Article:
Just like the Y2K problem affect some operating systems and applications, Linux has a similar issue where the 32-bit integer it uses to store time cannot do so after Tuesday, January 19, 2038 at 03:14:07.
Fortunately, developers are already working on a fix.
As a result, linux-5.6, or my backport of the patches to 5.4 , should
be the first release that can serve as a base for a 32-bit system designed
to run beyond year 2038, with a few remaining caveats:
- All user space must be compiled with a 64-bit time_t, which will be
supported in the coming musl-1.2 and glibc-2.32 releases, along with
installed kernel headers from linux-5.6 or higher.
- Applications that use the system call interfaces directly need to be
ported to use the time64 syscalls added in linux-5.1 in place of the
existing system calls. This impacts most users of futex() and seccomp()
as well as programming languages that have their own runtime environment
not based on libc.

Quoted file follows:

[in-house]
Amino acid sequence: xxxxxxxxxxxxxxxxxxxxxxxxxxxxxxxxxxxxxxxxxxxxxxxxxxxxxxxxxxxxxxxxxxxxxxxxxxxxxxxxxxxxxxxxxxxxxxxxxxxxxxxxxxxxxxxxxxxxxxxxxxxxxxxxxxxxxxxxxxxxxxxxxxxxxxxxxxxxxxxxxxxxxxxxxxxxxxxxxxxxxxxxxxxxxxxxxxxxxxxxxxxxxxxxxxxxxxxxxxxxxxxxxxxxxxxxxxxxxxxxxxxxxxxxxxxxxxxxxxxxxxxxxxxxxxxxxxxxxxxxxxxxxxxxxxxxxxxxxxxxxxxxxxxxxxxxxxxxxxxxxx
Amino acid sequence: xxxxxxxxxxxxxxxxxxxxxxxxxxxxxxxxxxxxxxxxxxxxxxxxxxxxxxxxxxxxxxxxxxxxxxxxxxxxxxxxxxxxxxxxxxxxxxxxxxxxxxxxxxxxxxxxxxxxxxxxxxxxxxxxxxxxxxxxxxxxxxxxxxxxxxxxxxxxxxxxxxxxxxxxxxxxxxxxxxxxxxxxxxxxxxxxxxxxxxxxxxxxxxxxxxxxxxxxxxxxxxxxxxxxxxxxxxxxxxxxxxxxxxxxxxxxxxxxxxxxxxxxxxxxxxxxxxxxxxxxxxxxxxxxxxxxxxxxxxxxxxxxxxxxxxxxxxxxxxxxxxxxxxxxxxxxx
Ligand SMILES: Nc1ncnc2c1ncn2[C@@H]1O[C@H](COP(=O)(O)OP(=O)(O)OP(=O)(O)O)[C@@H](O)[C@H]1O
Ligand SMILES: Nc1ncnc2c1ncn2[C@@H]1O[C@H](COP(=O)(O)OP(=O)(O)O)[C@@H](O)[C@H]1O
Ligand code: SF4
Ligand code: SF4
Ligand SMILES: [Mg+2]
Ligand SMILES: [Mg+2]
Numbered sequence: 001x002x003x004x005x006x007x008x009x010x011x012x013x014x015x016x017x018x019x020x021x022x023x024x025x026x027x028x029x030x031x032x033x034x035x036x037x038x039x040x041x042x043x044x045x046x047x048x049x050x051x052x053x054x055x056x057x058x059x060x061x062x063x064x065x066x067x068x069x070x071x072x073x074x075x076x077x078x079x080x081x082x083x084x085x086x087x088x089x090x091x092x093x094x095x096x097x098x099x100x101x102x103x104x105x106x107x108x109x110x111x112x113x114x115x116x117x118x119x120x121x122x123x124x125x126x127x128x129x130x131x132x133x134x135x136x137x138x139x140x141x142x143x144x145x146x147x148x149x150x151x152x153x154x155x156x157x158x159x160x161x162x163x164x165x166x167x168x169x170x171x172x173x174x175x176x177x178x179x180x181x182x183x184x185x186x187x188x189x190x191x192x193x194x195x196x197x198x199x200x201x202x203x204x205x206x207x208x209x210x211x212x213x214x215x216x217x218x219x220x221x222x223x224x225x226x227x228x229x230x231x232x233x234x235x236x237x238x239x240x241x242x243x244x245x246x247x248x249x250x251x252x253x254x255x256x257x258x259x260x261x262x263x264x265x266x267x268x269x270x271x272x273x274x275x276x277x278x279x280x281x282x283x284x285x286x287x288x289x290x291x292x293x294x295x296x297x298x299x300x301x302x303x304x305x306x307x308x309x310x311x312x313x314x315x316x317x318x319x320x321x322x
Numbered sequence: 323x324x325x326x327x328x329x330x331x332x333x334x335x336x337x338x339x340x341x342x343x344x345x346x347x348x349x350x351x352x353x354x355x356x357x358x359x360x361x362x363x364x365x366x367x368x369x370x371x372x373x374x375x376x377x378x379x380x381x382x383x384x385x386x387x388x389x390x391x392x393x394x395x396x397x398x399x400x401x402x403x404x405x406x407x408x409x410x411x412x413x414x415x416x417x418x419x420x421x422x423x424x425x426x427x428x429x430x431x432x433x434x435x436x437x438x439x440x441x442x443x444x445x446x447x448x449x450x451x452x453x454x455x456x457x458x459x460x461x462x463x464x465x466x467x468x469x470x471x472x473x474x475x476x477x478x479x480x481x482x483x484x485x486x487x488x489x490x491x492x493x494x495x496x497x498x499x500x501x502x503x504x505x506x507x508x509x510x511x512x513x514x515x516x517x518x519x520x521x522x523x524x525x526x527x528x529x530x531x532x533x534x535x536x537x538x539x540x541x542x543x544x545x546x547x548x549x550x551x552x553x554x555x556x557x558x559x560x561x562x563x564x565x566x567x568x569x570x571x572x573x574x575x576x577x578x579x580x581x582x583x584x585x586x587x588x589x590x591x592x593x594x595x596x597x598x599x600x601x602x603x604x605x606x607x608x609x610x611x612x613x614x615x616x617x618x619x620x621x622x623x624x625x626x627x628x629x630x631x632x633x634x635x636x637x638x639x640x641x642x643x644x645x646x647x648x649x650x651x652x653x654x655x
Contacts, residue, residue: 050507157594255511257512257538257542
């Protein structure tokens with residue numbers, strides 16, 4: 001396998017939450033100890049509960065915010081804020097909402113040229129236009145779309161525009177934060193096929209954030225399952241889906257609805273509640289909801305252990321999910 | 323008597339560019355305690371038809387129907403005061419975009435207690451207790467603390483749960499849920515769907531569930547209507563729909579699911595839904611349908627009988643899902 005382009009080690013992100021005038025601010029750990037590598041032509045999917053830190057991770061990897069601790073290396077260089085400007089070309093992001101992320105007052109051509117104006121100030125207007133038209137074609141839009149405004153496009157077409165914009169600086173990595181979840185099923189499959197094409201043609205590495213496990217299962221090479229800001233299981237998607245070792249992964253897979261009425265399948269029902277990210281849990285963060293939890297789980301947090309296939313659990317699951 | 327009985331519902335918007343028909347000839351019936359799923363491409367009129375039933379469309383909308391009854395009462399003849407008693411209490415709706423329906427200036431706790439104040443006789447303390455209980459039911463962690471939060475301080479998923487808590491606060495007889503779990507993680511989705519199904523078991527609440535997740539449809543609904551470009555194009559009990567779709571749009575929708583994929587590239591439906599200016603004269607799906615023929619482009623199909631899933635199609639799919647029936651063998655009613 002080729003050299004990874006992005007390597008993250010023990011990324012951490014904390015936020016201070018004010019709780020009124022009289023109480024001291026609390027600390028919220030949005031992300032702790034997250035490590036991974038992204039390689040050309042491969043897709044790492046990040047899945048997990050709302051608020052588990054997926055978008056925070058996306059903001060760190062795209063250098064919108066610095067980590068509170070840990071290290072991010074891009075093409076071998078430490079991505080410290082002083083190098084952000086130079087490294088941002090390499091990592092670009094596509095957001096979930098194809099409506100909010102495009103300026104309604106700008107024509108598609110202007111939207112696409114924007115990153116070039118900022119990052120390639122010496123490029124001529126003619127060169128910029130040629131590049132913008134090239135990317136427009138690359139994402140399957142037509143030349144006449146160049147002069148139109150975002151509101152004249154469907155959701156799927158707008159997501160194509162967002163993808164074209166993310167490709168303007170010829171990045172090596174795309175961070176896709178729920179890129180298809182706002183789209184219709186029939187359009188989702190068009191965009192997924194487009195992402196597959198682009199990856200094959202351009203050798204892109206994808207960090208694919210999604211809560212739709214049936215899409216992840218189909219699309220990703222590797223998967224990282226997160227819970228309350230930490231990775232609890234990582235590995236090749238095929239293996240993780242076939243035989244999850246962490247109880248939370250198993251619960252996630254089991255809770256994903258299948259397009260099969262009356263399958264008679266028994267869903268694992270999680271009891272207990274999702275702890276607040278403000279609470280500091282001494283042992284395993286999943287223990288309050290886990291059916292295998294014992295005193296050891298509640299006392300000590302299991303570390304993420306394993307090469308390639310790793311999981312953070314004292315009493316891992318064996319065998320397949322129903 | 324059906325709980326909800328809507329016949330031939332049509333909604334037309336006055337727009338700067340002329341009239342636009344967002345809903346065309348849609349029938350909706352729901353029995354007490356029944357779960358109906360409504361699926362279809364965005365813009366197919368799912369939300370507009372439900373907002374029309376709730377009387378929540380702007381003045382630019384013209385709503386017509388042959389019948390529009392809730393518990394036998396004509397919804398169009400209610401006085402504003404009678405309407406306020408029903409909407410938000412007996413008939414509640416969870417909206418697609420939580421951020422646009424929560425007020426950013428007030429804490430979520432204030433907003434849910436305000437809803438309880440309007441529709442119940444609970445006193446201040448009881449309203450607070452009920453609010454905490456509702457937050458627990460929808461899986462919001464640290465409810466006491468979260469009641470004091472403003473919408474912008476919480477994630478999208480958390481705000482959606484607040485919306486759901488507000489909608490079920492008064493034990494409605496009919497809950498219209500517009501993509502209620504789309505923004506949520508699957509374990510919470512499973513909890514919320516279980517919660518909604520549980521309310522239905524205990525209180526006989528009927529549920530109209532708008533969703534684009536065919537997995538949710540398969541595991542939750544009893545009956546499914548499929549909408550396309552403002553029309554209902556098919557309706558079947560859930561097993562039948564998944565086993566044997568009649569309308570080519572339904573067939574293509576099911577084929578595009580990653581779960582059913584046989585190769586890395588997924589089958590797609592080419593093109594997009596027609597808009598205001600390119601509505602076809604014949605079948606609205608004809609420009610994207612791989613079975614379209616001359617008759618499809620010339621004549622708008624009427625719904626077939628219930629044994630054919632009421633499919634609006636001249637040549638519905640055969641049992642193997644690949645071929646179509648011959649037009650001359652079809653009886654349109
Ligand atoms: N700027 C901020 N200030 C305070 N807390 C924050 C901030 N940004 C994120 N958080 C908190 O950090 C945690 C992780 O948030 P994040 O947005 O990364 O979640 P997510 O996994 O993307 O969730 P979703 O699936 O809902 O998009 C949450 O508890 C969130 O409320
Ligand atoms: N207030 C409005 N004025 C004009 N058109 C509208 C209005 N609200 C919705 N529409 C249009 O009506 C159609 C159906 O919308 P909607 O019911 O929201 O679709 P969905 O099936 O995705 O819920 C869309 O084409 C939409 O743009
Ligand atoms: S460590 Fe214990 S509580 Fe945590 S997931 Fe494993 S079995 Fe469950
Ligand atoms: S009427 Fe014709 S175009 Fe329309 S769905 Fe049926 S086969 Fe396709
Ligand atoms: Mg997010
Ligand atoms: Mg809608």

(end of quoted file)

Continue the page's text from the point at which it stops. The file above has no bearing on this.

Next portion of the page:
- Applications that use a private copy of kernel uapi header files or
their contents may need to update to the linux-5.6 version, in
particular for sound/asound.h, xfs/xfs_fs.h, linux/input.h,
linux/elfcore.h, linux/sockios.h, linux/timex.h and linux/can/bcm.h.
- A few remaining interfaces cannot be changed to pass a 64-bit time_t
in a compatible way, so they must be configured to use CLOCK_MONOTONIC
times or (with a y2106 problem) unsigned 32-bit timestamps. Most
importantly this impacts all users of 'struct input_event'.
- All y2038 problems that are present on 64-bit machines also apply to
32-bit machines. In particular this affects file systems with on-disk
timestamps using signed 32-bit seconds: ext4 with ext3-style small
inodes, ext2, xfs (to be fixed soon) and ufs.